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Older Adults

Older Adults

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Published by Merwynmae Pobletin

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Published by: Merwynmae Pobletin on Aug 22, 2012
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07/13/2014

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among noninstitutionalized older adults is lessprevalent than depression in younger adults.However, most older adults do experience nor-mal, age-related changes that may affect their lifestyle. Common age-related physical changesinclude hearing impairment, weakening vision,and the increasing probability of arthritis,hypertension, heart disease, diabetes, andosteoporosis. The speed with which informa-tion is encoded, stored, and received may decrease as we age, and older Americans may experience memory loss.
Changes in Mental Healthand Mental Processes
C
ognitive changes, which are associated with mental processes such assensation and perception, memory,intelligence, language, thought, andproblem-solving, occur among aging adults.Because it may take older adults more timeto encode, store, and retrieve information, therate at which new information is learned can be slower among aging adults, and older adults often have a greater need for repetition of new information. Although it may take older adults longer to input andretrieve new information, daily occupationaland social functioning among those over age65 is not impaired.Long-term memory shows substantialchanges with age, while short-term memory shows less age-related decline.Most aspects of language ability remainstrong, yet word-finding ability declines withage. Three-dimensional drawing similarly declines with age. Wisdom and creativity often continue to the very end of life.
er uts eatand Age-Related Changes:Reality Versus Myth
 A
merica is aging. The number of  Americans over age 65 is increasingdramatically as we approach themillennium. Never in our nation’shistory have so many people lived into the later stages of their lives and remained healthy andproductive. The proportion of Americans age 65and over comprises nearly 13 percent of theU.S. population. In fewer than 25 years, thoseover age 65 will make up 20 percent of theU.S. population. Americans’ living longer andstaying increasingly active and productive isa welcome sign for our nation. However,society’s view of “old age” has not always kept up with the reality of older Americans’ healthor the fact that while many people over theage of 65 experience some limitations, they learn to live with them and lead happy andproductive lives. Accurate information and continued researchon the aging process are critical as Americansage. This brochure contains information about older Americans and attempts to dispel themyths regarding that age group.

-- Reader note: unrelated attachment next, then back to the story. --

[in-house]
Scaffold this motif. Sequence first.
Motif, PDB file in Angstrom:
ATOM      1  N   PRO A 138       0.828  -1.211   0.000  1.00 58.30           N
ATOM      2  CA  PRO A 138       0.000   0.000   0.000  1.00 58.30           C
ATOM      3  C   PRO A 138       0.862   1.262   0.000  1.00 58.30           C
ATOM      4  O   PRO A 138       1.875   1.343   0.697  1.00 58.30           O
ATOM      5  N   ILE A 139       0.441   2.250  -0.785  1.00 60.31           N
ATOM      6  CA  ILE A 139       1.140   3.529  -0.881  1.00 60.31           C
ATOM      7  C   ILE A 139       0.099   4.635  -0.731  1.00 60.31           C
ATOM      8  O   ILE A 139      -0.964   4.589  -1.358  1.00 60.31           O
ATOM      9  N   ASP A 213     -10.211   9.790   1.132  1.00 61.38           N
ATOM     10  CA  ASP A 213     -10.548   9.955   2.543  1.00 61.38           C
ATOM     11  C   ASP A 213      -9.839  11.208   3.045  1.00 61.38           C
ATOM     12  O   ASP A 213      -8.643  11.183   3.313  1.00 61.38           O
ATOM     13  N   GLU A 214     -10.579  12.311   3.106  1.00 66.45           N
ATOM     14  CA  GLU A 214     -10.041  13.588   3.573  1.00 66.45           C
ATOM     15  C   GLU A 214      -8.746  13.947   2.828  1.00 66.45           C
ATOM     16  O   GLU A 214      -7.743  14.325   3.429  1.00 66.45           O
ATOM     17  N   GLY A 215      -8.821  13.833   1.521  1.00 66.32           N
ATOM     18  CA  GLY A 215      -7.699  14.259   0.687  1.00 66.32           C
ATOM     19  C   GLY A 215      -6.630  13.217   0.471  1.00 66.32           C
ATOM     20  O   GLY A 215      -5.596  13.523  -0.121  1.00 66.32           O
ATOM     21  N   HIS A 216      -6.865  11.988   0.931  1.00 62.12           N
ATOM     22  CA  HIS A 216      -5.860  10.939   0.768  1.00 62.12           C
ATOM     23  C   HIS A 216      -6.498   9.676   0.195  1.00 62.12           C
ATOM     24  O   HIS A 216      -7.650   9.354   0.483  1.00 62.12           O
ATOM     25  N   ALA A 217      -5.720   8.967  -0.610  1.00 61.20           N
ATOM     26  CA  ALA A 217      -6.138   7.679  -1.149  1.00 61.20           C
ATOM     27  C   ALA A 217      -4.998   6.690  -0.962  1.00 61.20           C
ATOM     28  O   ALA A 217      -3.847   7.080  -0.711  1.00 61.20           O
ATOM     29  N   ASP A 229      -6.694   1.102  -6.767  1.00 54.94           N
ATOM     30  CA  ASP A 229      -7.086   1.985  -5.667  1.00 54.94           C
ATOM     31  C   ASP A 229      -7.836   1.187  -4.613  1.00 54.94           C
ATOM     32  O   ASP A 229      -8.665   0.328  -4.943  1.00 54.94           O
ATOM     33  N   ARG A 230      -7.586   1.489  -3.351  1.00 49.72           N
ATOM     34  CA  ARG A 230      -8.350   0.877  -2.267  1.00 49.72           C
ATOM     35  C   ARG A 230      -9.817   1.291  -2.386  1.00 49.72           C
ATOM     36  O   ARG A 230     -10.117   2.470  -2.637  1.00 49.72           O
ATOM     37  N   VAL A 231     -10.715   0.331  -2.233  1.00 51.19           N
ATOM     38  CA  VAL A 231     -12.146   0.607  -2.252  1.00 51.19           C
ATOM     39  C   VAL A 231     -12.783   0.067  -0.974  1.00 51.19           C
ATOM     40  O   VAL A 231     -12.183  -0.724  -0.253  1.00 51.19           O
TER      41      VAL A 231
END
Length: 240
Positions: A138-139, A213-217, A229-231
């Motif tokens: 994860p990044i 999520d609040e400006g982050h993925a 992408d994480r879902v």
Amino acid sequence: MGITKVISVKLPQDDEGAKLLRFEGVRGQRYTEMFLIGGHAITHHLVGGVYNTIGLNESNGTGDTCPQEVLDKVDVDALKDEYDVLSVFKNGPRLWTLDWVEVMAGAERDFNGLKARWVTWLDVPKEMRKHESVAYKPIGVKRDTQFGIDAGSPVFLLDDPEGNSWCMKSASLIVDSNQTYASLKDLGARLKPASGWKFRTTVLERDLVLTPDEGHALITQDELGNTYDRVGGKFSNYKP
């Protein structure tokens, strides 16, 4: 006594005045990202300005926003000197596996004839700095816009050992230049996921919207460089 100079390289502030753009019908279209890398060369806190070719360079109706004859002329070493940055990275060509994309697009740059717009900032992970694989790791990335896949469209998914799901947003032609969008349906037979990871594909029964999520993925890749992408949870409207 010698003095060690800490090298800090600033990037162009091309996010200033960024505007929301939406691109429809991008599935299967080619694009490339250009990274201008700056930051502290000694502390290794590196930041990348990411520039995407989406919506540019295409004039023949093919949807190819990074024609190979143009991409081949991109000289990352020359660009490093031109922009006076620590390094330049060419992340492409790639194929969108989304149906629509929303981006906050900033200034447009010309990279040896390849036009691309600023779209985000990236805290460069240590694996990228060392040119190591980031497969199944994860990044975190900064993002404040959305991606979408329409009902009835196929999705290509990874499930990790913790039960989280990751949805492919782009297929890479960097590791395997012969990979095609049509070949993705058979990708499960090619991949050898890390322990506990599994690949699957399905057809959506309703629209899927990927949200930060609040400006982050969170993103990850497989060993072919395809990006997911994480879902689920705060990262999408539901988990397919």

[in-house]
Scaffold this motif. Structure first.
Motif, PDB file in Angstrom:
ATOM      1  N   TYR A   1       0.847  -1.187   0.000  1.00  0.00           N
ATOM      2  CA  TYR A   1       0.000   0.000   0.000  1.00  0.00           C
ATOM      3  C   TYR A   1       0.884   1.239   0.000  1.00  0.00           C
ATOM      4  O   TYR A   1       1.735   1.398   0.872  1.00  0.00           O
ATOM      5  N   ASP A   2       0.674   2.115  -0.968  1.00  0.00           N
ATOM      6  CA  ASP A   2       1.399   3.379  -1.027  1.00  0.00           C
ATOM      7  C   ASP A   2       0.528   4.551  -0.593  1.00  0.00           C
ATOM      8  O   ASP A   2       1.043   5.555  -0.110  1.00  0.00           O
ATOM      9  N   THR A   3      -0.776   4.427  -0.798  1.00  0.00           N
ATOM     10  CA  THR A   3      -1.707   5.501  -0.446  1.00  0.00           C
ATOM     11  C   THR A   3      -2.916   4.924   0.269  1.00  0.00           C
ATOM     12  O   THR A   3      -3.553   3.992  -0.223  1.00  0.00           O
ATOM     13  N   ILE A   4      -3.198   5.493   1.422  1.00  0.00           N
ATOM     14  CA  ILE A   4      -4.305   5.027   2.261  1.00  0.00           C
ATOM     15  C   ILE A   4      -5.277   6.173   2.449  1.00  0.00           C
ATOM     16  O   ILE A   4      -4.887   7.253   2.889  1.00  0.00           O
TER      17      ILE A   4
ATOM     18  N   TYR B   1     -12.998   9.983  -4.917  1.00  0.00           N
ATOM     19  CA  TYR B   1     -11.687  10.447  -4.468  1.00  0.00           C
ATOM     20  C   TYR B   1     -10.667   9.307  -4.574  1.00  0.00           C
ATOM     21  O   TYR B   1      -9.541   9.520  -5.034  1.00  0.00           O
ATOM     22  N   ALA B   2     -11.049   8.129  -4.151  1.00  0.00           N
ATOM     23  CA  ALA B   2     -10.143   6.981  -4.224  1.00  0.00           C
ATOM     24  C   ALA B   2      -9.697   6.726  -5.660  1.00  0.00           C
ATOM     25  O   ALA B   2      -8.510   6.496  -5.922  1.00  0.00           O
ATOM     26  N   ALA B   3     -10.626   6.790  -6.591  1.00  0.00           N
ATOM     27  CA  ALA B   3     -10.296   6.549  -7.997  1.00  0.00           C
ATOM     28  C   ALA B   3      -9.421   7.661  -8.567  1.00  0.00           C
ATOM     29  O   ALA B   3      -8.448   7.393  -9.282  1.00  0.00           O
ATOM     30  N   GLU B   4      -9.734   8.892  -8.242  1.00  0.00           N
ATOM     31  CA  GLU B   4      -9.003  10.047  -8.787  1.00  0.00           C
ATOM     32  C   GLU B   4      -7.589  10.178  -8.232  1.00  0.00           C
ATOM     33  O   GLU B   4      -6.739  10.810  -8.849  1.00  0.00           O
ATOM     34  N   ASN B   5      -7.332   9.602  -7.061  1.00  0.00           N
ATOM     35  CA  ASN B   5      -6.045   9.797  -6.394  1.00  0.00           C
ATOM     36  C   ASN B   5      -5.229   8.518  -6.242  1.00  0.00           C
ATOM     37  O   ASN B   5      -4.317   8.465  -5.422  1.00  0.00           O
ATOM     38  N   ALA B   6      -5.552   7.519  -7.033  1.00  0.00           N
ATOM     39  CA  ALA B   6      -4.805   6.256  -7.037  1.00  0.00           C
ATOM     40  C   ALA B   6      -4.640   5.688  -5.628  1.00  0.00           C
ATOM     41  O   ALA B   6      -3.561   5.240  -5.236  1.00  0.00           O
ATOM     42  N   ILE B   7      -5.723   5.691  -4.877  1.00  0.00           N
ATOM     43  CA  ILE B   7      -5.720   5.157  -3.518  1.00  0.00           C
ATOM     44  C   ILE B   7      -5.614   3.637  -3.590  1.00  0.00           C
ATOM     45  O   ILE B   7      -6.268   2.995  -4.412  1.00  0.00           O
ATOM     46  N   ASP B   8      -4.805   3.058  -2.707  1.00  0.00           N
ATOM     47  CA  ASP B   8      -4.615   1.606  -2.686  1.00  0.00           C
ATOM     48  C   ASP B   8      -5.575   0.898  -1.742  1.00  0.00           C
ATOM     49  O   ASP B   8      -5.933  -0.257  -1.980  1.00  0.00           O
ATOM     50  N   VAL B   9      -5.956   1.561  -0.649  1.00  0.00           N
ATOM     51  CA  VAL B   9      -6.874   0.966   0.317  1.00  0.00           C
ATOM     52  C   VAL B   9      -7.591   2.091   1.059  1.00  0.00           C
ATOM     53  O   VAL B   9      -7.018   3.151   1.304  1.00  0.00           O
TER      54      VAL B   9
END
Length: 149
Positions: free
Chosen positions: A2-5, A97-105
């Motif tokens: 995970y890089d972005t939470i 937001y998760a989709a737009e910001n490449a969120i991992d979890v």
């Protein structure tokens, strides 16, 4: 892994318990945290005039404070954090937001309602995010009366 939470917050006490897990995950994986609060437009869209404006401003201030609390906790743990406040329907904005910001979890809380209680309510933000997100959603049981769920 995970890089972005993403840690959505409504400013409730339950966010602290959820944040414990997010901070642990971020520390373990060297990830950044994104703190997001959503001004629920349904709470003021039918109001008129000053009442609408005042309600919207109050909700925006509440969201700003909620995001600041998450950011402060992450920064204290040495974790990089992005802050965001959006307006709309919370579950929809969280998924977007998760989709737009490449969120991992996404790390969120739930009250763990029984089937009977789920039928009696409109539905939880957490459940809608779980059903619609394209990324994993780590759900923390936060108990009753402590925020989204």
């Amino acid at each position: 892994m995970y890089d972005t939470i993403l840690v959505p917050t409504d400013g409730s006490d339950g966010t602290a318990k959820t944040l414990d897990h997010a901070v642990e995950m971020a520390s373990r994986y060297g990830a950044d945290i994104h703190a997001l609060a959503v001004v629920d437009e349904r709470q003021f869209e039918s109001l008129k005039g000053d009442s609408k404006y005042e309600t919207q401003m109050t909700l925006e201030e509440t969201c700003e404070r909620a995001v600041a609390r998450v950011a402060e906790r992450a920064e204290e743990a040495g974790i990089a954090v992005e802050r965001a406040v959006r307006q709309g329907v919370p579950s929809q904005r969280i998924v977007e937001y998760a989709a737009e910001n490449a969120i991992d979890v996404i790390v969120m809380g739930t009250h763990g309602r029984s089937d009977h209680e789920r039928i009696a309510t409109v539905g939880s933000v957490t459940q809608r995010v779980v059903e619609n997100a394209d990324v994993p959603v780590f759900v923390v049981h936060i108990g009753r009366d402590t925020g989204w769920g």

Facts About Aging
 As with many stereotypes, the stereotypesabout aging are often inaccurate. Most older  Americans live independently and maintainclose relationships with family and friends.Most peoples’ personalities remain relatively stable throughout their lives. Depression
W
hat’s important toremember aboutpeople over age65 is that whilemany begin to experience somephysical limitations, they learn tolive with them and lead happyand productive lives.
 
Demographic, Economic,and Social Issues
T
he population of older Americans isgetting older, with the number of  Americans over age 85 increasing faster than any other group. Since 1900, theproportion of Americans age 65 and older hasmore than tripled. Life expectancy for men isnow 73 years; for women, it is 80 years.Our population of older Americans is increas-ingly more educated. While 34 percent of those over age 65 graduated from highschool, that figure will rise to 83 percent by the year 2030. Thirteen percent of older adults live inpoverty, as compared with 15 percent of  Americans under age 65. However, the figureis 33 percent for African-Americans, 22 per-cent for Hispanics, and 20 percent for adultsover age 85.Sixty-four percent of older Americans between the ages of 65 and 74 are marriedand live with a spouse; while of those over age 85, 24 percent are married and live witha spouse, and 48 percent live alone. Among women over age 65, one-half are widowers. The primary source of income for those over age 65 is social security benefits.Religious affiliation is the most common formof organizational participation among older adults, with 50percent reporting attendingservices weekly. Two-thirds reported voting in the 1992 presi-dential election, compared to 50 percent of  younger adults.
Older Minorities
 Today’s older Americans are predominantly  White, but the demographics of older America  will undergo a dramatic transformation in thenext few decades. The number of older Black Americans willtriple by the middle of the next century, mov-ing them from 8 to 10 percent of Americansover age 65.
Psychological Problemsof Older Adults